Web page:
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Annual Report 2013-14

Feature articles

Joint Australian–British Fromelles project honours dead soldiers


On 19 April 2014, the headstone dedication ceremony marked the completion of the Joint Australian–British Fromelles project, which had been in operation since 2008 when the remains of 250 Australian and British soldiers were discovered outside the French town of Fromelles.

The remains were discovered in six mass graves near Pheasant Wood on the outskirts of Fromelles. A joint Australian–British team was assembled, and in 2009 the UK-based Oxford Archaeology company excavated and exhumed the remains. In January and February 2010, 249 of the bodies were reinterred, with full military honours, in graves in a new Commonwealth War Graves Commission cemetery—the Fromelles (Pheasant wood) Military Cemetery. On 19 July 2010, the 94th anniversary of the Battle of Fromelles, the final unidentified soldier was buried before a large crowd of onlookers that included the Governor-General of Australia and the Prince of Wales.

VC Corner Australian Cemetery and Memorial at Fromelles, France.

VC Corner Australian Cemetery and Memorial at Fromelles, France.

The two governments agreed that identification work should continue, and in 2011 another 14 Australians were identified. In 2012, the project's Joint Identification Board identified another nine Australians, and five more Australians were identified in 2013. In 2011, 2012 and 2013, a headstone dedication ceremony was conducted on 19 or 20 July to mark the change of headstones of those identified. The board convened for the last time In April 2014 and identified another 20 Australian soldiers.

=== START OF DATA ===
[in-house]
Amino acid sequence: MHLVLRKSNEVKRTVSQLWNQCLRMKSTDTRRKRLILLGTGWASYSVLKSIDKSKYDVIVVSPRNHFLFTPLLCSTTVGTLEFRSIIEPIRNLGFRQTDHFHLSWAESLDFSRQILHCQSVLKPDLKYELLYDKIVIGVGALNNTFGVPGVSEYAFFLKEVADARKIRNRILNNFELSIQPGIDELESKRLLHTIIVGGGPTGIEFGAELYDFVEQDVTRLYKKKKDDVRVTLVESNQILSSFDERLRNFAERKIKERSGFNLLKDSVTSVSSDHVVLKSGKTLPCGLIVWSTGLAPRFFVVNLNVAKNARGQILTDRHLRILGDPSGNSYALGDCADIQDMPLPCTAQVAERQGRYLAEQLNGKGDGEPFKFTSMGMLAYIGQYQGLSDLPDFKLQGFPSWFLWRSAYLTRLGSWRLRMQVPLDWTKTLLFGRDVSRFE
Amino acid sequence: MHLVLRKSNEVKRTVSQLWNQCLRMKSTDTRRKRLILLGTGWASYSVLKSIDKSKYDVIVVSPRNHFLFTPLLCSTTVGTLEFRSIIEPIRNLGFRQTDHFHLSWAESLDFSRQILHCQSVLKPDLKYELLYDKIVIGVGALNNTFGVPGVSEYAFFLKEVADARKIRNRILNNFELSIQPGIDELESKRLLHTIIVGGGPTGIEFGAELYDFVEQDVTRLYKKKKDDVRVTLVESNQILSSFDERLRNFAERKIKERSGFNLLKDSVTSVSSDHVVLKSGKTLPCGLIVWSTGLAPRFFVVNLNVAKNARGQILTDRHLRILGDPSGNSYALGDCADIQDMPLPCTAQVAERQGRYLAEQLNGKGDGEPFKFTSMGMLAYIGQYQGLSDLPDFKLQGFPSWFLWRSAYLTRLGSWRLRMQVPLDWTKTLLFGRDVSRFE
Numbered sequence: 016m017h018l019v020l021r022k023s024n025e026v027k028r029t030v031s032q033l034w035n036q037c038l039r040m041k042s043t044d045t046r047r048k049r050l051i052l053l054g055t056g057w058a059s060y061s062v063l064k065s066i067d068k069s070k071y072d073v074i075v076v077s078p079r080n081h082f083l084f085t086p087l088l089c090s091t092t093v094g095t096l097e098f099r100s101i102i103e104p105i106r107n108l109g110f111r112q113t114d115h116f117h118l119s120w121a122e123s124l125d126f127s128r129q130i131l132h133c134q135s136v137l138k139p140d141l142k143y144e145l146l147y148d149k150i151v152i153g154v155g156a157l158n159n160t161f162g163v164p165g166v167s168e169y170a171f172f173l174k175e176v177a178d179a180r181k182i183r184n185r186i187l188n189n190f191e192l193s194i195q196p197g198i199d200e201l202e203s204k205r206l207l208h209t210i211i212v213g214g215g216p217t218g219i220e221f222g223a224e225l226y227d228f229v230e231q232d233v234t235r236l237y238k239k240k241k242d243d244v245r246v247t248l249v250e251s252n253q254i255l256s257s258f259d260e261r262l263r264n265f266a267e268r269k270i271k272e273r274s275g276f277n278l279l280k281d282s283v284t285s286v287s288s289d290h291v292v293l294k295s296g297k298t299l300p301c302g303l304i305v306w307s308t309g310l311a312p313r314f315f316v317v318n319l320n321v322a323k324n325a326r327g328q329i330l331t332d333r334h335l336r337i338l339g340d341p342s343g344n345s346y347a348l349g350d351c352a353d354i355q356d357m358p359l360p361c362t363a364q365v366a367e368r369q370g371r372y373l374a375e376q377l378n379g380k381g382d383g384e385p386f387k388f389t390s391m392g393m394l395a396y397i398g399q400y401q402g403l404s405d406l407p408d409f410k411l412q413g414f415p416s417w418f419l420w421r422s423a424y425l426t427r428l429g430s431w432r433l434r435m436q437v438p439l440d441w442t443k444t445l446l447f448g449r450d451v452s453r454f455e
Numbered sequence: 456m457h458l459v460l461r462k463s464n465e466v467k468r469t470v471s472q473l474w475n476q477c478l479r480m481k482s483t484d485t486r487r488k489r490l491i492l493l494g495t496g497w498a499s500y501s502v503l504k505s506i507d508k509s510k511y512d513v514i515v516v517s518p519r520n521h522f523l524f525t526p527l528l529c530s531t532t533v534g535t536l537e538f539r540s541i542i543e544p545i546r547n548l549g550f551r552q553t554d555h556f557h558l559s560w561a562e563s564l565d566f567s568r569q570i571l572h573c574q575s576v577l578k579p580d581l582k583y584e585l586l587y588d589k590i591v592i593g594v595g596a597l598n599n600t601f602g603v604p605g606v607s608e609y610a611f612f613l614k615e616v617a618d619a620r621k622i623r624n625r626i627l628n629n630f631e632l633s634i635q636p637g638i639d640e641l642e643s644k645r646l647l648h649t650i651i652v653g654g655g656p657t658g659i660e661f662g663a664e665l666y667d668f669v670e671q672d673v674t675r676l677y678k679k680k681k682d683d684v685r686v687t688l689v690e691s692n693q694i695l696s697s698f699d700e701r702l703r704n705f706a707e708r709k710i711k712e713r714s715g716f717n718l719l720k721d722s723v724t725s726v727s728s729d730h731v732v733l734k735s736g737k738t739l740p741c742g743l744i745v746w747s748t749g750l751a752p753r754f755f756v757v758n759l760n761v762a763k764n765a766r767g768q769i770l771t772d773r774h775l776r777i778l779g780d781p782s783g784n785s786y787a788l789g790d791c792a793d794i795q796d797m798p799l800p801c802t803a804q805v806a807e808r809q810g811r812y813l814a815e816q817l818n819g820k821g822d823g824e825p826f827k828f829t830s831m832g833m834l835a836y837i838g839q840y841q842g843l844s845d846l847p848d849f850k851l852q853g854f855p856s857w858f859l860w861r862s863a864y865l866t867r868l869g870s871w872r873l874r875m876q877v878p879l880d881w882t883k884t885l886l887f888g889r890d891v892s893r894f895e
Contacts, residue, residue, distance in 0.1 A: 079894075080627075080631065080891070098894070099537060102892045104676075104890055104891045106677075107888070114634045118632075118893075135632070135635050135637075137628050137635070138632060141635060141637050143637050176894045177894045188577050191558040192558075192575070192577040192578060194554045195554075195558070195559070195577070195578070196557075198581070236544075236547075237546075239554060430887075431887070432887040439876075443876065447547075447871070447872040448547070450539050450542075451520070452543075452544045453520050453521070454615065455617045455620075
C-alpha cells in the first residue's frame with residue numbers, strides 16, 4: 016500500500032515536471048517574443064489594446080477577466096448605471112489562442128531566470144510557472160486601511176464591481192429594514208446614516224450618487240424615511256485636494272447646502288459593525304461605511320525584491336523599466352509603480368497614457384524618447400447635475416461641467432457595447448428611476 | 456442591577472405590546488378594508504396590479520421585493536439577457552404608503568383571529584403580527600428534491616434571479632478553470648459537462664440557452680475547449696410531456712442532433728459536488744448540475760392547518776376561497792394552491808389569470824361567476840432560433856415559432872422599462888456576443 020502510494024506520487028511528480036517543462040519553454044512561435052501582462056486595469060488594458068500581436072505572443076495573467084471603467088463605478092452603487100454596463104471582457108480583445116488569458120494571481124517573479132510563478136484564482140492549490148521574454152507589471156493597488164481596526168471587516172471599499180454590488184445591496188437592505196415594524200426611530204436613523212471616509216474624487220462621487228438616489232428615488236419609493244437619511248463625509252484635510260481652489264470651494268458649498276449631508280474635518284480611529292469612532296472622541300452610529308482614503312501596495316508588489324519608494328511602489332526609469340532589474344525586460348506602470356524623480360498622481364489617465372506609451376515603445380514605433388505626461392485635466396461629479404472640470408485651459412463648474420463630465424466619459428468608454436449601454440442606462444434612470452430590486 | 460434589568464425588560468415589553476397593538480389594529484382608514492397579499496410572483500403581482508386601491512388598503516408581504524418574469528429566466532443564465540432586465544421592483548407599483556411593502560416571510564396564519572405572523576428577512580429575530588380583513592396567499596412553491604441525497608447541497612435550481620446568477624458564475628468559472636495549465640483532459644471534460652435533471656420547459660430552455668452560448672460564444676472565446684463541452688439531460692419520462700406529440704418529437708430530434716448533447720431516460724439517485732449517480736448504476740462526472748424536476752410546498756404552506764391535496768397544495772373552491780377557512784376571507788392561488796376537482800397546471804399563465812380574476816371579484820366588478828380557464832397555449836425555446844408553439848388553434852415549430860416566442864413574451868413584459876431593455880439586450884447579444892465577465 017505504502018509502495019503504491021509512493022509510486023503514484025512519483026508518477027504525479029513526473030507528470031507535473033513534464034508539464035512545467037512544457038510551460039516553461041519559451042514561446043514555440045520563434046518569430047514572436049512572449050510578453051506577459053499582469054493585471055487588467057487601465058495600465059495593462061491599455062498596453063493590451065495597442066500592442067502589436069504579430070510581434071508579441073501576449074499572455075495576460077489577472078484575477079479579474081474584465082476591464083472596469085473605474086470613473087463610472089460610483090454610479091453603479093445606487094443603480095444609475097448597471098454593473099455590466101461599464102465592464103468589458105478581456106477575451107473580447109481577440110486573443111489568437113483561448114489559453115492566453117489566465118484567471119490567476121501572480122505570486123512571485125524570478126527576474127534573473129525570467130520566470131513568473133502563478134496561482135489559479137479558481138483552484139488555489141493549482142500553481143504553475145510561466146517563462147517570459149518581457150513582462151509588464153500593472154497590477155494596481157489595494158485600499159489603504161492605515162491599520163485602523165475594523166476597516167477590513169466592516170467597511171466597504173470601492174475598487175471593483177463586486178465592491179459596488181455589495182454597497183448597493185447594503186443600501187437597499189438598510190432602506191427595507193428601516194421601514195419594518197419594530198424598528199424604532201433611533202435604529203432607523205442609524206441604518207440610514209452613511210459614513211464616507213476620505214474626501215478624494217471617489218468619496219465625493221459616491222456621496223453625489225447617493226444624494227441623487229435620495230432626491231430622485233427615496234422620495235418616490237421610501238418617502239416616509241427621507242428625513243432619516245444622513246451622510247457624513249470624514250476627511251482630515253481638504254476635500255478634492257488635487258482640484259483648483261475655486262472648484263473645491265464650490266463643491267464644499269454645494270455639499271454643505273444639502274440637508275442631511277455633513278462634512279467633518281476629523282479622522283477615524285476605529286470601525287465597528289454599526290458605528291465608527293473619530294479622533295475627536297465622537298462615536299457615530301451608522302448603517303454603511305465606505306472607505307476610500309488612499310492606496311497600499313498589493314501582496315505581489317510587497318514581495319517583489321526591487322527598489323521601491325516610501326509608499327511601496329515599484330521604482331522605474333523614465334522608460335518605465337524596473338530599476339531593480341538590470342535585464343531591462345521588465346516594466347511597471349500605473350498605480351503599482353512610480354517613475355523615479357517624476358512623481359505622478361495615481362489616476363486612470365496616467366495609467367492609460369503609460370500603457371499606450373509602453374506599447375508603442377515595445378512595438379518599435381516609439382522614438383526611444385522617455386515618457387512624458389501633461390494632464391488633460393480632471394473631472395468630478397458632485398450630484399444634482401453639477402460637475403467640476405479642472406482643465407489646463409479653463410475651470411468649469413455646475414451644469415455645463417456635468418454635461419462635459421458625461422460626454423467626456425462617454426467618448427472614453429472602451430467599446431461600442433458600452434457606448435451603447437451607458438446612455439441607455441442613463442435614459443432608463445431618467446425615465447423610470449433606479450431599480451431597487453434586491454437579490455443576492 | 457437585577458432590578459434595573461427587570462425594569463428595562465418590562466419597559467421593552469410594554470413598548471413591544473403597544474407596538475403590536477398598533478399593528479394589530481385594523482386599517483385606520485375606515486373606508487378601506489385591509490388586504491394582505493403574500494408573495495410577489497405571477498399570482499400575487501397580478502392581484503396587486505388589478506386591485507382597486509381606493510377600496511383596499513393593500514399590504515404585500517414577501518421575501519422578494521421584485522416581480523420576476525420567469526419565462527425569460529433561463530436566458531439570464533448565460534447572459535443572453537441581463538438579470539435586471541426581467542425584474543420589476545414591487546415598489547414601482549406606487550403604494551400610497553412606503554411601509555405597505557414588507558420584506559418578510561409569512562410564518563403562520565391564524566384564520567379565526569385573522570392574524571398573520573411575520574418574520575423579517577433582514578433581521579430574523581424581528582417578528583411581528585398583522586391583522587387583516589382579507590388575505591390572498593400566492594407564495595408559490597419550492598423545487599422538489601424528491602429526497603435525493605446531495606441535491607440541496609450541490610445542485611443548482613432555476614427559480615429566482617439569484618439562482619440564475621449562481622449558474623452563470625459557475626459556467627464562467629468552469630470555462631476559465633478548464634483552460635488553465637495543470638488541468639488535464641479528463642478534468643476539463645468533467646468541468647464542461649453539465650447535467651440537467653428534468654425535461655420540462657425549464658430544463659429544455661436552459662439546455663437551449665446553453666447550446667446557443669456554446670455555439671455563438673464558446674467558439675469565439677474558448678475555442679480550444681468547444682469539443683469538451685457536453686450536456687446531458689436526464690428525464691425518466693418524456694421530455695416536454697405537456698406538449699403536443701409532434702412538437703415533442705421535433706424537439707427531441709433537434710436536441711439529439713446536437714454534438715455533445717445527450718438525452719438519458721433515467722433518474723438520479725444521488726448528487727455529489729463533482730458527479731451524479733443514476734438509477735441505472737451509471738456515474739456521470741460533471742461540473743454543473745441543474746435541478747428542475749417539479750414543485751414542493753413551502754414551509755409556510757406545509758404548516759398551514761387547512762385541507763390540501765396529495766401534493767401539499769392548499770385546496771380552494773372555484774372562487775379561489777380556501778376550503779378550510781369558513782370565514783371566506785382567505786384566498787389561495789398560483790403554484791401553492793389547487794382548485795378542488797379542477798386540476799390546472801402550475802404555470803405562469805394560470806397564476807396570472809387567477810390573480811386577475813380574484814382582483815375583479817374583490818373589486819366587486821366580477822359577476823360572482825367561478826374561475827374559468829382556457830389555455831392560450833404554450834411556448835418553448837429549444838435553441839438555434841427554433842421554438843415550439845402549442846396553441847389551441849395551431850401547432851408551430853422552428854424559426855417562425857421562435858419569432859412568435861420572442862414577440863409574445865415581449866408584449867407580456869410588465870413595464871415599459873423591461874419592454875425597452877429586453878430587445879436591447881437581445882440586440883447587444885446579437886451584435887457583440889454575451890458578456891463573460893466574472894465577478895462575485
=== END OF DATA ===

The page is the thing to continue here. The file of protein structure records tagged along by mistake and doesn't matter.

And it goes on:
The Battle of Fromelles was a combined attack by British and Australian troops on 19–20 July 1916 during World War I. The aim of the operation was to seize a German-held salient position just north of the village of Fromelles in France. It was the first offensive operation by the Australian Imperial Force on the Western Front and was intended to divert German troops away from the epic Battle of the Somme.

The British and Australian attackers had little time to prepare, and the odds greatly favoured the well-entrenched Germans. After a night and day of fierce fighting, the German defensive line remained unbroken. When the attack was called off on the morning of 20 July, more than 7,000 British and Australian troops had been killed, wounded or captured or were missing. The high casualties in Australia's 5th Division made the battle the worst loss of Australian lives in a 24-hour period in Australia's history.